Sepesa Curuki and his daughter Lupe. The family is heartbroken about leaving their ancestral lands but their home is no longer safe after being battered by intense and frequent cyclones, flooding and erosion. Credit: Sepesa Curuki
By Neena Bhandari
Sydney, Australia, Sep 23 2021 (IPS)
Sepesa Curuki and his community are coming to terms with the prospect of relocation from Cogea village on Fiji’s second-largest island of Vanua Levu. Their village, which lies between two rivers that flow into the Pacific Ocean only 2km away, has been battered by intense and frequent cyclones, flooding and erosion, threatening their very existence.
“We are heartbroken to be having to leave our ancestral land, but to survive, we must relocate to a safe place,” the 36-year-old school teacher tells IPS on a scratchy phone line, reverberating with the background sound of pelting rain.
“Our close-knit community of 72 people has experienced three severe tropical cyclones in one year. TC Harold in April 2020 and TC Ana in January 2021 caused extreme flooding, and TC Yasa in December 2020 completely consumed 23 of the 37 houses in the village. Not even a single post was left standing. The remaining homes, including ours, experienced widespread destruction,” says Curuki, who now lives with his wife, mother, two brothers and four children in a two-bedroom concrete home and a tent.
Fiji accounts for 0.006 percent of global carbon emissions, and it became the first country to ratify the 2015 Paris Agreement. But it, along with its other low-lying Pacific Island neighbours, is experiencing the catastrophic effects of climate change unfolding in a fast forward mode.
“Heavy rainfall has been triggering landslides and causing the riverbank to burst, flooding and severely damaging the crops – our only source of livelihood. In my life span, I have never seen anything like the destruction caused by TC Yasa. Most of the villagers are now living in tents scattered around the silt-covered remnants of what was once a thriving village with farms green with root crops,” says Curuki’s 63-year-old mother, Timaima, on the speakerphone as she chops cassava (tavioka) and dalo (taro) for lunch.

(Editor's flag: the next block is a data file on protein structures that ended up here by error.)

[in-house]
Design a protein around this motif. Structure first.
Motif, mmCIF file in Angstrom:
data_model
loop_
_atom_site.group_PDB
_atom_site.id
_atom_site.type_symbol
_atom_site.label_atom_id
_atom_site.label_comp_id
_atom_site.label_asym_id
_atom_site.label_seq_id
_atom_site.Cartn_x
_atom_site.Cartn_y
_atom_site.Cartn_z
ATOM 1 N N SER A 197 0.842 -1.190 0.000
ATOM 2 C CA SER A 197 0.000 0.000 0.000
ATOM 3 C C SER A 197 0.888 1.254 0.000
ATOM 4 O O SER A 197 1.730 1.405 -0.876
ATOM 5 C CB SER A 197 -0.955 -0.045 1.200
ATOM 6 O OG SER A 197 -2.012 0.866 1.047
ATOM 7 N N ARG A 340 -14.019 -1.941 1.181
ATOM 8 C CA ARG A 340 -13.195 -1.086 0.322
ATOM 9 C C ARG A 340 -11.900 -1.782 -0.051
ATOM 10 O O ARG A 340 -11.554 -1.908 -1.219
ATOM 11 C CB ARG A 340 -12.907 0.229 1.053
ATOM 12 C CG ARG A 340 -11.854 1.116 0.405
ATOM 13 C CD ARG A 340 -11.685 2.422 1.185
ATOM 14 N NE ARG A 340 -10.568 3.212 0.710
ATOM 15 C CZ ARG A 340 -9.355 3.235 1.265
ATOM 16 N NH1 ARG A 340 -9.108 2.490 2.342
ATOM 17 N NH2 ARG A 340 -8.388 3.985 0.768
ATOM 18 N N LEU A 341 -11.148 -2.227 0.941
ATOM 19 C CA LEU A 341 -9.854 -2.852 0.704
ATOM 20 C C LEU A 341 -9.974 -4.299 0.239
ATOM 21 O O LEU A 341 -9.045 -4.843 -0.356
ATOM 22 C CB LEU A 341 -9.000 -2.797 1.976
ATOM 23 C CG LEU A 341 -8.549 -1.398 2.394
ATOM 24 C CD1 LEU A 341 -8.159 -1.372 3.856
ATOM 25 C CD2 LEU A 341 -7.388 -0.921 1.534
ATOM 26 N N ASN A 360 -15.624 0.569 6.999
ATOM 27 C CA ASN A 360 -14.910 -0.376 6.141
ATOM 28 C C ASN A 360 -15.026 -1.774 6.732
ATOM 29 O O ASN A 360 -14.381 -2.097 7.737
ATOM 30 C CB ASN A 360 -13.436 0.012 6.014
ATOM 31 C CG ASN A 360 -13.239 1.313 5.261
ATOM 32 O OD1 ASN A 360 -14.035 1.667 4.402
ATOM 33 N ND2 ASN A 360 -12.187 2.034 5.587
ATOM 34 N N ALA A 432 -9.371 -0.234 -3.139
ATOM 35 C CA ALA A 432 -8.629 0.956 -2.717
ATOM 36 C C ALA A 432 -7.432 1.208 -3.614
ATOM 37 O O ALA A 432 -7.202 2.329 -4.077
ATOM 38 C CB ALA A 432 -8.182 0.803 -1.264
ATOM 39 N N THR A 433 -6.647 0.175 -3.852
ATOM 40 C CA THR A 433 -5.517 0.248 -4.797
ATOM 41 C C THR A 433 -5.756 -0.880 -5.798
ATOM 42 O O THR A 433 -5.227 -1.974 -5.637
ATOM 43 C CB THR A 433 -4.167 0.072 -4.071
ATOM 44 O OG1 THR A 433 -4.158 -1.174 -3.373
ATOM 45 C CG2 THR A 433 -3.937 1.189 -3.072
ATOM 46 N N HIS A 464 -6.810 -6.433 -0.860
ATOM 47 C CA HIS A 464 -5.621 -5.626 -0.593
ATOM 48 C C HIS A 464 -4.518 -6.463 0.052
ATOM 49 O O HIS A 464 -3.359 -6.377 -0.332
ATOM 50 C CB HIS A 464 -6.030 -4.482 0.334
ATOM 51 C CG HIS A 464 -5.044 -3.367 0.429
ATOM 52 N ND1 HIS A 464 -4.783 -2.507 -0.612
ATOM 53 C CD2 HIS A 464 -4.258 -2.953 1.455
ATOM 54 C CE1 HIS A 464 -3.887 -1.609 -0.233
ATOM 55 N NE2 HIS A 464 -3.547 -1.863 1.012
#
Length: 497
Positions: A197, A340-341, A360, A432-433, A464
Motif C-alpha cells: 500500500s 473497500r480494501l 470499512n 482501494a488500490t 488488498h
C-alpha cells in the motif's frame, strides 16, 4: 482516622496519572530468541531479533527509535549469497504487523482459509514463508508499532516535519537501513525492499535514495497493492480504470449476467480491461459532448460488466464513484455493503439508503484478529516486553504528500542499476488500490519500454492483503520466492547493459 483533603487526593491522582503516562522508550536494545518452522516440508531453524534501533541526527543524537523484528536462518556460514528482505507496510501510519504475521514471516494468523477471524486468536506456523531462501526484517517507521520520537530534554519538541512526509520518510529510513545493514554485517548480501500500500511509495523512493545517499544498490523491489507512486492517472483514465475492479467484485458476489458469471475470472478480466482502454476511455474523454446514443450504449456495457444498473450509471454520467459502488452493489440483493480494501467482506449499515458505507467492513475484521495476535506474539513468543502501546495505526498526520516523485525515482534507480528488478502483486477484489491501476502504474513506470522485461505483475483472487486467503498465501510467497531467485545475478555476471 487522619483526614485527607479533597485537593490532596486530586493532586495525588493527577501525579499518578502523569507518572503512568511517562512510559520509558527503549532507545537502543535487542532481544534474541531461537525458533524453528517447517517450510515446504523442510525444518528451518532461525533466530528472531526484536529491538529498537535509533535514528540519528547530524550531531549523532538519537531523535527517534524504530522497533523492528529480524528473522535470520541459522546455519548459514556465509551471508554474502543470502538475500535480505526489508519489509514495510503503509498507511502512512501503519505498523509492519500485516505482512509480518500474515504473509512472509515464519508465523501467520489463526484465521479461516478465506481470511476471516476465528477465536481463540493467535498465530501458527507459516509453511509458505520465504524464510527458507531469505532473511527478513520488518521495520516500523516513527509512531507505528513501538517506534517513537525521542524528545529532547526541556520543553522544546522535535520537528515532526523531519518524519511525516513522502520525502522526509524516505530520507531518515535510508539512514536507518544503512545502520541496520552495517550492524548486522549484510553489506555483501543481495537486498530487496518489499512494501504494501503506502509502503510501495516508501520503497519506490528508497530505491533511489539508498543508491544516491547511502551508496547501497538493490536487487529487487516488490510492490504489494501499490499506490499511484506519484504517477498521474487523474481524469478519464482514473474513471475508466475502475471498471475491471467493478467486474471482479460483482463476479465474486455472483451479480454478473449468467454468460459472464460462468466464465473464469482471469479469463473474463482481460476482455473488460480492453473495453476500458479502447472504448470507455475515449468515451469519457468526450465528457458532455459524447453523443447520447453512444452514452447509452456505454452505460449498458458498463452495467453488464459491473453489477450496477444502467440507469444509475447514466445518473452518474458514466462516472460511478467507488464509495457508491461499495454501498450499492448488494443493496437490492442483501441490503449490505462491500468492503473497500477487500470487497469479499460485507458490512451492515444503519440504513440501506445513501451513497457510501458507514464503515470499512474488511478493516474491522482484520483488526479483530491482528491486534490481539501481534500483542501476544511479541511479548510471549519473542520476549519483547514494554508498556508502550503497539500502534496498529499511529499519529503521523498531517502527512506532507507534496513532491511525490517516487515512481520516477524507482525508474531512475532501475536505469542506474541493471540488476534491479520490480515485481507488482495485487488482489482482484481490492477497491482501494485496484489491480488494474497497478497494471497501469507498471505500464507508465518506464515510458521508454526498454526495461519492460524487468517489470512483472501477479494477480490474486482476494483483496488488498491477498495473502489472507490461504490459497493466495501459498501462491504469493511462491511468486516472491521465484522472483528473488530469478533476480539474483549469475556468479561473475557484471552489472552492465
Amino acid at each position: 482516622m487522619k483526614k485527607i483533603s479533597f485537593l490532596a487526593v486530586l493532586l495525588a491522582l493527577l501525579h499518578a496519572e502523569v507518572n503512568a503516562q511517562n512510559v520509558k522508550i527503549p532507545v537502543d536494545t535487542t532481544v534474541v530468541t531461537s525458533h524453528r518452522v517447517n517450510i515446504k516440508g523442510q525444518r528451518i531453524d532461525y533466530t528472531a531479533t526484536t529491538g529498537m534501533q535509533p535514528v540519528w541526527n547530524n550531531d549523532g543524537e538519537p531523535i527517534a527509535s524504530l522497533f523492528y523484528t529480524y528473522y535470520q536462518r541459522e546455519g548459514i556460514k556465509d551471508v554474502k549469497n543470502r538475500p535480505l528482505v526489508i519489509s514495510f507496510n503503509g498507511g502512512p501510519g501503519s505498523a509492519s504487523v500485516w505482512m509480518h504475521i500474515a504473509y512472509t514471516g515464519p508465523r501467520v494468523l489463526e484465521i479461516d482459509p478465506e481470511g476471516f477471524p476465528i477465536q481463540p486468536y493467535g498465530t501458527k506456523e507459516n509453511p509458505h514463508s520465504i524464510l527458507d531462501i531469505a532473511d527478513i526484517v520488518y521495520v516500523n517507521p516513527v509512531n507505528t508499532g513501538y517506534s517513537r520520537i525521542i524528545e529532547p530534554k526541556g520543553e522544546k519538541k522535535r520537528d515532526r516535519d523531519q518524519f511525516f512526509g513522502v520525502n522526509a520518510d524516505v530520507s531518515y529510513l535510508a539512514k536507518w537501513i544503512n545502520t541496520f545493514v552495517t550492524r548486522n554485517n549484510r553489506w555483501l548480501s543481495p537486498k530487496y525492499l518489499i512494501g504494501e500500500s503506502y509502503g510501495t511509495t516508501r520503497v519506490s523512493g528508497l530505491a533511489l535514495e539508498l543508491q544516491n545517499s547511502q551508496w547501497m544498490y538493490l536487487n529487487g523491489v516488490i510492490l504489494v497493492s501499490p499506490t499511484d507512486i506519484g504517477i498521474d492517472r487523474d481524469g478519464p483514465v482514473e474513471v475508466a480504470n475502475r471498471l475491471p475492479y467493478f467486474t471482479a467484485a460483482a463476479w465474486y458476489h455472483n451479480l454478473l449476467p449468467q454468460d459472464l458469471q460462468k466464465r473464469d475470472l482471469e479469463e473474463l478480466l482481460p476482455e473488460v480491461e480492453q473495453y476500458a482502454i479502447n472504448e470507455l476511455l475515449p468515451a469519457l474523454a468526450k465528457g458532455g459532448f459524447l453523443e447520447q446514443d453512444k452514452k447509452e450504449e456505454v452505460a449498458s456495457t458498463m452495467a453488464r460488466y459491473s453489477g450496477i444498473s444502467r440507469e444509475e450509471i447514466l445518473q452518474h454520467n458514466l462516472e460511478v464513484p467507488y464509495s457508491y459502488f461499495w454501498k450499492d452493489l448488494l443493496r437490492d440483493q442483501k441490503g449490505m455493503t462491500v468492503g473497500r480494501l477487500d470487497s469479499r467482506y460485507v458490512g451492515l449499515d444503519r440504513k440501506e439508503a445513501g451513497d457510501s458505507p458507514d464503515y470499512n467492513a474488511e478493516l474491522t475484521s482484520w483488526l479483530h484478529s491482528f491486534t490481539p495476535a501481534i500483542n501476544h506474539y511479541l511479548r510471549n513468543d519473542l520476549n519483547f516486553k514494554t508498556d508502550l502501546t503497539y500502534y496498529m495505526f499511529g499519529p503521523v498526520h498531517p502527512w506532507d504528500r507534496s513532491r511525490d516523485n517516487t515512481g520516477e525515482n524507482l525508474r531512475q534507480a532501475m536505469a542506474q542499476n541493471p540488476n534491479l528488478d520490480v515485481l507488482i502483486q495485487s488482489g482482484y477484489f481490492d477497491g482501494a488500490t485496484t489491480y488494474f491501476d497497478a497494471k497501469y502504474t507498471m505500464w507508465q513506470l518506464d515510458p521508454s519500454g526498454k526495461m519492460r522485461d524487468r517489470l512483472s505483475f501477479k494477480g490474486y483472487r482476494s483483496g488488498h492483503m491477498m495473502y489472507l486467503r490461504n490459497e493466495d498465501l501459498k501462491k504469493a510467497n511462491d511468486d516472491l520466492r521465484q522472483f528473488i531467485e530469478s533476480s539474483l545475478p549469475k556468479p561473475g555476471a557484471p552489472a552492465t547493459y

A quarter of Pacific Islands people live within 1 km of the coast. With the next cyclone season looming, the people of Cogea are awaiting relocation as a matter of urgency.
Sepesa Curuki’s mother Timaima and his daughter Lupe prepare dinner. Credit: Sepesa Curuki
Fiji had released its relocation guidelines in 2019, which stated that “planned relocation represents an option of last resort”. Human mobility is established as a priority human security and national security issue in the country’s National Climate Change Policy 2018-2030. The government has established the Climate Relocation of Communities Trust Fund (CRCTF) to relocate communities forced to move to safe areas by climate change-induced rising seas and extreme weather.
To improve evidence-based decision making in disaster preparedness and response and access to climate change adaptation and mitigation finance, the UK Space Agency’s International Partnership Programme (IPP) CommonSensing supports Fiji, the Solomon Islands and Vanuatu to use satellite remote sensing-based earth observation (EO) data.
The project is being implemented by the United Nations Institute for Training and Research (UNITAR) through its UN Satellite Centre (UNOSAT) with a consortium of partners, including the Commonwealth Secretariat, which is spearheading the access to climate finance component of the project.
“We provide technical assistance to Fiji, Solomon Islands and Vanuatu, through the Commonwealth Climate Finance Access Hub (CCFAH), working towards using the geospatial-based CommonSensing platform to make better, more robust proposals for accessing climate finance, and support long-term decision-making,” says UnniKrishnan Nair, Head of Climate Change Section at the Commonwealth Secretariat.